New Trump administration rule could force servers to share tips

By: Deedee Sun

Updated:

The Trump administration is rolling back more Obama-administration rules. The change could require some restaurant workers to pool all tips and split that money with their colleagues.

Right now pooling tips is against the law but if the Labor Department approves the new rule, restaurants would have the option to change the system. 

The owner of Buckley's in Seattle says his employees don't support it, and it's something he won’t do, but some restaurant advocates think it's a good thing.

“I was going, 'Oh jeez, no, bad idea.' For our business, for the way we run things, no, bad idea,” said Tim Buckley, who owns the Buckley’s pubs in Queen Anne and Belltown. 

“It’s just not fair. They work very hard, great service, great bartenders. It's not right to take what's theirs. I try to take care of my employees,” Buckley said. 

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A server, J, has worked at the Queen Anne location for nearly six years, and he doesn’t support tip pooling. 

“It doesn't allow any breathing room to reward people for hard work, and it allows everyone else to skate by who makes the same money. I'm confused and concerned for sure,” J said. 

The Labor Department says the rule would "decrease wage disparities between tipped and non-tipped workers."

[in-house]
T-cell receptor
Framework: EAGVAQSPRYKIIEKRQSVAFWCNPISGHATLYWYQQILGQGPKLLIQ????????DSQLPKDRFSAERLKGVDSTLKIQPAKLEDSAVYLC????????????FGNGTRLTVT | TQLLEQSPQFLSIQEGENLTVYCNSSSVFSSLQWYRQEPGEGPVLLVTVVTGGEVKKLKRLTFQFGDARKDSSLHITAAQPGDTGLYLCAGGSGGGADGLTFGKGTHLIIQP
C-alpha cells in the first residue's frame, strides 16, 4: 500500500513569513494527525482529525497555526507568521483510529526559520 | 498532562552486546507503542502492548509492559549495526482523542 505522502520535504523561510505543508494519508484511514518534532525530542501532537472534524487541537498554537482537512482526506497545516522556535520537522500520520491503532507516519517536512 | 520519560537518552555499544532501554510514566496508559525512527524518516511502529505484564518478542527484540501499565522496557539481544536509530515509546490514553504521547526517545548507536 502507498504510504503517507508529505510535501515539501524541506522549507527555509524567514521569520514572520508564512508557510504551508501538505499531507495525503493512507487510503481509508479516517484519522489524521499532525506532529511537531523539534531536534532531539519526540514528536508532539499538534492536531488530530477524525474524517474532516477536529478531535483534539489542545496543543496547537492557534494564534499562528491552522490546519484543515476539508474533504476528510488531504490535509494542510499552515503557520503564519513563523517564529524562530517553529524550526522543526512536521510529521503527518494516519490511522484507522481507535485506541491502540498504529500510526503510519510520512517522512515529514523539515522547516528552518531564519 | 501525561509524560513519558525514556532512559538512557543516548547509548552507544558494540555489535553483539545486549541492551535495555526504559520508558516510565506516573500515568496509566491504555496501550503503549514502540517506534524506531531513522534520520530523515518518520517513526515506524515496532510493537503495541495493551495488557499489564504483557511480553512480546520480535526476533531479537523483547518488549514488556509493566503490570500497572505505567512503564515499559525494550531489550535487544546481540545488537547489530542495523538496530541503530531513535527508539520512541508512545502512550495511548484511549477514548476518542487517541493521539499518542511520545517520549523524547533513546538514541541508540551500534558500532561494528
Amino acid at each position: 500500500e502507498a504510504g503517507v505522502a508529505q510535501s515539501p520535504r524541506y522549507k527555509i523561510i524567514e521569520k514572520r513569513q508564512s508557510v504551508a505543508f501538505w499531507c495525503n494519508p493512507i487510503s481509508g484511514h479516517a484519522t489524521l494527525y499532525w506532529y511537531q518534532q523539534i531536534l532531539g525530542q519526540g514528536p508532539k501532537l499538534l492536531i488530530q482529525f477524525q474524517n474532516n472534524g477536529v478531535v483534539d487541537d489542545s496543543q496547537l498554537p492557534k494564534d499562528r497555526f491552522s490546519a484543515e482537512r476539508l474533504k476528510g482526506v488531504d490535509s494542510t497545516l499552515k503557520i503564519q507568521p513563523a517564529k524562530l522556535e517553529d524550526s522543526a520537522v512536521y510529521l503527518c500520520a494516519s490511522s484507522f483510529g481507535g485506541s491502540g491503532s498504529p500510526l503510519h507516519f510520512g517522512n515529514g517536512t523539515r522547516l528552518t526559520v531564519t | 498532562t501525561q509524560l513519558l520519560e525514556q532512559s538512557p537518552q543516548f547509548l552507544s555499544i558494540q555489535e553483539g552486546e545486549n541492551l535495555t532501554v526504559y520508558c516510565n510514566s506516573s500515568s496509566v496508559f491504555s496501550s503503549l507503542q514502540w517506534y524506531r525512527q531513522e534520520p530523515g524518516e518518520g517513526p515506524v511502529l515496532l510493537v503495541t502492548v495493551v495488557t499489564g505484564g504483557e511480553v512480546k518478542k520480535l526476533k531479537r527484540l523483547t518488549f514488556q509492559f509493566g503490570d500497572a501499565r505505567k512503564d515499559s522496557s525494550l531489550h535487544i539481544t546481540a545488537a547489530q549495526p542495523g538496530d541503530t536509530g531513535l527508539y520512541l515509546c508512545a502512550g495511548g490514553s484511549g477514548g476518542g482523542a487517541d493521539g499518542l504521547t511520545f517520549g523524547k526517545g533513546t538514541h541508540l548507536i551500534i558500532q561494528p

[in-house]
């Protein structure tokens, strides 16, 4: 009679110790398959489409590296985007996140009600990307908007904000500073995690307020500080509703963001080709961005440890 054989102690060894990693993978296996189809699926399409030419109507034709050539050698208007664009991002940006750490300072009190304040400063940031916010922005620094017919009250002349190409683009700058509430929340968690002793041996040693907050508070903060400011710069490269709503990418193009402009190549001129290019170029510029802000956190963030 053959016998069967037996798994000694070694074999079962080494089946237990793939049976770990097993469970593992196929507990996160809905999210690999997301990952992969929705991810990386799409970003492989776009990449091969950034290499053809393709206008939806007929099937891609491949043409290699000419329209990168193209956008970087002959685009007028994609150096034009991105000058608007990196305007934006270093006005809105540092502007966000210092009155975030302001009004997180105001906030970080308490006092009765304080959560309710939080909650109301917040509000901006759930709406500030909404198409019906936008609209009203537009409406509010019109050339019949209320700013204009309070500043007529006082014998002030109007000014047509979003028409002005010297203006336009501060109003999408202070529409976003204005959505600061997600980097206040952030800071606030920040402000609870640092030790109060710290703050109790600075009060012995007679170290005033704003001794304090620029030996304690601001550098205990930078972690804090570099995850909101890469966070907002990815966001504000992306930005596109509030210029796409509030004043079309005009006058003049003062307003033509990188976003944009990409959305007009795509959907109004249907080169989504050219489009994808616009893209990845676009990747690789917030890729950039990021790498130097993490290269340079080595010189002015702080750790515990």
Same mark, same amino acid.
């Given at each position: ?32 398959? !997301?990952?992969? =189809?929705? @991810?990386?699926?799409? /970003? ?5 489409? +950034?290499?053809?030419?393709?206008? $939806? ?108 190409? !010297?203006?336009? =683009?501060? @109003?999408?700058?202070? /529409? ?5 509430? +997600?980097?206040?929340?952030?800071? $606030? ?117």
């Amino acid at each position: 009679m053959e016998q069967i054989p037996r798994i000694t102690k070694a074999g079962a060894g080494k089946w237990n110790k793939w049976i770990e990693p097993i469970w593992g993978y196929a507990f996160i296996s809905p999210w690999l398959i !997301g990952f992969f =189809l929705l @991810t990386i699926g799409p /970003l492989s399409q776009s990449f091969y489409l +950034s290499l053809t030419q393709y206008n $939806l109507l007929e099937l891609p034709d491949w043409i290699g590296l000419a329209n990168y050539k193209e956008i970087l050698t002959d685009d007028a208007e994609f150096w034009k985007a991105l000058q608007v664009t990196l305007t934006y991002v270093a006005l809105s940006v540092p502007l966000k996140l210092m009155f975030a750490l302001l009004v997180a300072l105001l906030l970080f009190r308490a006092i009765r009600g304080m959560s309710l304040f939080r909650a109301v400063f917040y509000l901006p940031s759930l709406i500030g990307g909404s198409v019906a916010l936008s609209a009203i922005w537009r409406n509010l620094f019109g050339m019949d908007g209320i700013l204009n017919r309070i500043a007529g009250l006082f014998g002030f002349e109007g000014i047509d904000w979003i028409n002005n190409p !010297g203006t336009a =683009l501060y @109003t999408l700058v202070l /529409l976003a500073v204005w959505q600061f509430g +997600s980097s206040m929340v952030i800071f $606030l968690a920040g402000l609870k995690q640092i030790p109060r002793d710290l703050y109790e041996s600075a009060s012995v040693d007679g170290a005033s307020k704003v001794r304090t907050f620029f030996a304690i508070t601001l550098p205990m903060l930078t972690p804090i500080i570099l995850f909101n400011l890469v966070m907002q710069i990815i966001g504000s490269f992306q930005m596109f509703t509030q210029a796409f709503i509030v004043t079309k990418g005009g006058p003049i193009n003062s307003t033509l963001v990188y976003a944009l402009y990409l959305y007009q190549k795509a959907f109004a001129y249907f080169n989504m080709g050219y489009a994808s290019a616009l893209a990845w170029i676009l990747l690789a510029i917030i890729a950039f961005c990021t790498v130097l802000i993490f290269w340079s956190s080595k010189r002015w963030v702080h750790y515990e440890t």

Buckley says J gets paid $11 per hour before tips. Tuesday night, he earned $39 an hour in tips. 

“So that's about $50 per hour he's making. And they earn it, they truly earn it,” Buckley said.

He says his hourly kitchen staff earns $17 to more than $20 per hour.

One of the cooks says while he wouldn't mind a tip pool, he isn't unhappy with what he earns. 

Washington's Hospitality Association works to help make sure businesses in the industry succeed. 

The president and CEO, Anthony Anton, told KIRO7 by phone he thinks tip pooling can improve teamwork and customer service. 

“I think this is a very powerful thing,” Anton said. “If your order is wrong or if something else that gives you a poor experience in a restaurant, the tip is usually affected. And when all those things go great, it makes sense the whole team should be rewarded,” he said.

Nationally, one big criticism of the rule change is that in some cases, employers could be included in the tip-pool split. 

But Anton says Washington law prevents that. 

“When it’s connected to WA state law that already exists and continues to exist, that ensures owners and managers can never benefit from a tip pool, this is truly a benefit for teamwork, this is truly a win for the entire house,” he said. 

The Labor Department is expected to make a final decision on the rule in about 30 days. If the rule passes, restaurants are not required to follow it, but would have the option. 
 

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